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IDP Analysis: The Old JPP is Back

Mario Puig

Mario is a Senior Writer at RotoWire who primarily writes and projects for the NFL and college football sections.


C.J. Mosley, (3-4) ILB, BAL

Along with fellow first-round pick Ryan Shazier in Pittsburgh, Mosley is the rookie linebacker most likely to make an IDP impact in 2014. Even though he was competing with 2013 second-round pick Arthur Brown for the starting inside linebacker role next to Daryl Smith, Mosley opened camp with the starting lineup in Baltimore, and the odds of him losing his lead are rather bad. Mosley's instincts, motor and reliability really jumped out at Alabama, and he'll have a lot of playmaking opportunities in a Baltimore defense that almost always applies high pressure from year to year. Smith finished his first year in Baltimore with 123 tackles, five sacks and three interceptions in 2013, and there's a chance that Mosley will be just as effective in 2014.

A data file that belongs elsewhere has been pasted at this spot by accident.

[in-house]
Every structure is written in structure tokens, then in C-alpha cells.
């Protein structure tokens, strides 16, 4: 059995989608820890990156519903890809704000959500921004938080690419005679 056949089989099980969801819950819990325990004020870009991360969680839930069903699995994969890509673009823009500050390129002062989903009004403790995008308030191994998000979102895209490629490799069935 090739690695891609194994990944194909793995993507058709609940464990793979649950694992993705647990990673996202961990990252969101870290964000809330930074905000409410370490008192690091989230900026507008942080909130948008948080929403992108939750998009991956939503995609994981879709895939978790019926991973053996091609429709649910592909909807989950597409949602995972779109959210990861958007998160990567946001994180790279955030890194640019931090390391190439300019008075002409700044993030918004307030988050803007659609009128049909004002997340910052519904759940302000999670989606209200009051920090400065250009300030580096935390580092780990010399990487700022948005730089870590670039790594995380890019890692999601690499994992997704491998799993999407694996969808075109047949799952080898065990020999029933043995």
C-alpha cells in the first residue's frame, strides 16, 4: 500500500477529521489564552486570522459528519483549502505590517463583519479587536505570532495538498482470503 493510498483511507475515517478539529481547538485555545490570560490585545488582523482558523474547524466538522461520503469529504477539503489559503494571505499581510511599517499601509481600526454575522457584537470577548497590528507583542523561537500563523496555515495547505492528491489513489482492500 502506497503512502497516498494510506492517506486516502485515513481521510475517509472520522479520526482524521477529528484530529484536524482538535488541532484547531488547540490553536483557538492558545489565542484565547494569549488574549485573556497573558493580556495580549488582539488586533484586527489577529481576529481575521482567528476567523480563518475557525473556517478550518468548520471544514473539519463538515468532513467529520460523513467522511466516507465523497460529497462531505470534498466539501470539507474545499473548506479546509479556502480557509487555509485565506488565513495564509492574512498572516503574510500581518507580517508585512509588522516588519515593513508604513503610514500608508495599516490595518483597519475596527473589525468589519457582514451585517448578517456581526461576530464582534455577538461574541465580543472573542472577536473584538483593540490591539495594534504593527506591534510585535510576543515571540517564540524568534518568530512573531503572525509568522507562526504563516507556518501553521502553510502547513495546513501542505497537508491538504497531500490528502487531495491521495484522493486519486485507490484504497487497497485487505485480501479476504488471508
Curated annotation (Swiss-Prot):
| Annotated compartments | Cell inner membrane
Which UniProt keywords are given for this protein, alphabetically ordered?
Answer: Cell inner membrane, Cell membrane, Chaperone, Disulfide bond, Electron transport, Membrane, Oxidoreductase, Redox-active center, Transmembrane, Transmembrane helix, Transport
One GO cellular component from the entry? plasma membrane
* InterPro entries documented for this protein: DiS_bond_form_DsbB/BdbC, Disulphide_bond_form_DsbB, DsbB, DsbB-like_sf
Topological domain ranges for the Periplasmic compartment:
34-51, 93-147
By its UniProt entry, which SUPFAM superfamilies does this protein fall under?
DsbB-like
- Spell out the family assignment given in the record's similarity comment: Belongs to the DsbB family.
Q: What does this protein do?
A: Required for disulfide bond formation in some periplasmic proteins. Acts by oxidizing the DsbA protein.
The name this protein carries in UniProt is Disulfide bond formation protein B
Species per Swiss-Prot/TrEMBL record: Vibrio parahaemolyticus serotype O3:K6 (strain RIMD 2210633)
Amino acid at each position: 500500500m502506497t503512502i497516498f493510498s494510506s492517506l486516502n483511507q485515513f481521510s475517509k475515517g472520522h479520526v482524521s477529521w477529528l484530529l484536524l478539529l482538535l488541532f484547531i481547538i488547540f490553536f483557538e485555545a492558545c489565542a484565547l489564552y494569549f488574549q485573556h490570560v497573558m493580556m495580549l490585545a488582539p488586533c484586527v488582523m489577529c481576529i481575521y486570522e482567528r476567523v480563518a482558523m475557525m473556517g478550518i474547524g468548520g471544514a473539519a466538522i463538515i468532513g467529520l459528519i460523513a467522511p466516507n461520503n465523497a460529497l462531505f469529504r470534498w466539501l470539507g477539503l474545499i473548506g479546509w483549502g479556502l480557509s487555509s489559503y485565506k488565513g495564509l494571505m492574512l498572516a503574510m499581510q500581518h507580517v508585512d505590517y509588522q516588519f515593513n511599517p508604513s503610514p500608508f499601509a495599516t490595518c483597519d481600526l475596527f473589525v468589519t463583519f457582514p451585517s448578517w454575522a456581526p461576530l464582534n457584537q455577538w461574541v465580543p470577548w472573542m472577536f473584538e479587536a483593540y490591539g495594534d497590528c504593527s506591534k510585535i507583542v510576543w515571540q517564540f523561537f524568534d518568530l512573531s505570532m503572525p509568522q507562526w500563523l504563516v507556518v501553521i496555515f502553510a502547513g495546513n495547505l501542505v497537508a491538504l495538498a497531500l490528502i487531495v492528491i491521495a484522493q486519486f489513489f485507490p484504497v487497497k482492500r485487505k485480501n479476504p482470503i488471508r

Jason Pierre-Paul, DE, NYG

Pierre-Paul may be the most disappointing IDP of the last two years. Playing primarily as the Giants' third end behind Osi Umenyiora and Justin Tuck, JPP piled up 86 tackles and 16.5 sacks as a 22-year-old second-year player in 2011, making him the consensus top defensive lineman IDP heading into 2012. Some of the hype Pierre-Paul received was hyperbolic in hindsight, yet his exceptional production and obviously rare athletic gifts made it all believable. What's less believable is the fact that Pierre-Paul has just 93 tackles and 8.5 sacks in the 27 games since 2011 - the sort of production he was supposed to provide on a yearly basis. Part of JPP's struggles the last two years is explained by injuries. He played through a herniated disk in 2012 before undergoing surgery in June 2013. Then a shoulder injury ended his season last year in December. Now 14 months removed from back surgery, Pierre-Paul reportedly looks more like his old self in Giants training camp with more quickness off the edge. Still just 25, Pierre-Paul might finally bounce back if his health cooperates. He certainly has a financial incentive to do so - he's in the final year of his rookie contract.